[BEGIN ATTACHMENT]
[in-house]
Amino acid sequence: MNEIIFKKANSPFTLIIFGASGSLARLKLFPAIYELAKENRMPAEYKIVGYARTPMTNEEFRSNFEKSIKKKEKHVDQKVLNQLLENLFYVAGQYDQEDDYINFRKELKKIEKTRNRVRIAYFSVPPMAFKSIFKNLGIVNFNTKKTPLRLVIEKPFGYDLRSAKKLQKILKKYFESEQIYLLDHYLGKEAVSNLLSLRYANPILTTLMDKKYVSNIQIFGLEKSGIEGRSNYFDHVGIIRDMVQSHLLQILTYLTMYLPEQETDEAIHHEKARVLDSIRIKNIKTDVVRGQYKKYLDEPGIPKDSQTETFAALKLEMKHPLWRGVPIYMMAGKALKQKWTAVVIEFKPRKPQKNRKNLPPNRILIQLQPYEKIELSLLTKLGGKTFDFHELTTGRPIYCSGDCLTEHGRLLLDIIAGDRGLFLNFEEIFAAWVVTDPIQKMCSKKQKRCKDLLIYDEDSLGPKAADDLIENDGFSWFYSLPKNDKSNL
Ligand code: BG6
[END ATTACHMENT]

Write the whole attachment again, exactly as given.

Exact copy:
[in-house]
Amino acid sequence: MNEIIFKKANSPFTLIIFGASGSLARLKLFPAIYELAKENRMPAEYKIVGYARTPMTNEEFRSNFEKSIKKKEKHVDQKVLNQLLENLFYVAGQYDQEDDYINFRKELKKIEKTRNRVRIAYFSVPPMAFKSIFKNLGIVNFNTKKTPLRLVIEKPFGYDLRSAKKLQKILKKYFESEQIYLLDHYLGKEAVSNLLSLRYANPILTTLMDKKYVSNIQIFGLEKSGIEGRSNYFDHVGIIRDMVQSHLLQILTYLTMYLPEQETDEAIHHEKARVLDSIRIKNIKTDVVRGQYKKYLDEPGIPKDSQTETFAALKLEMKHPLWRGVPIYMMAGKALKQKWTAVVIEFKPRKPQKNRKNLPPNRILIQLQPYEKIELSLLTKLGGKTFDFHELTTGRPIYCSGDCLTEHGRLLLDIIAGDRGLFLNFEEIFAAWVVTDPIQKMCSKKQKRCKDLLIYDEDSLGPKAADDLIENDGFSWFYSLPKNDKSNL
Ligand code: BG6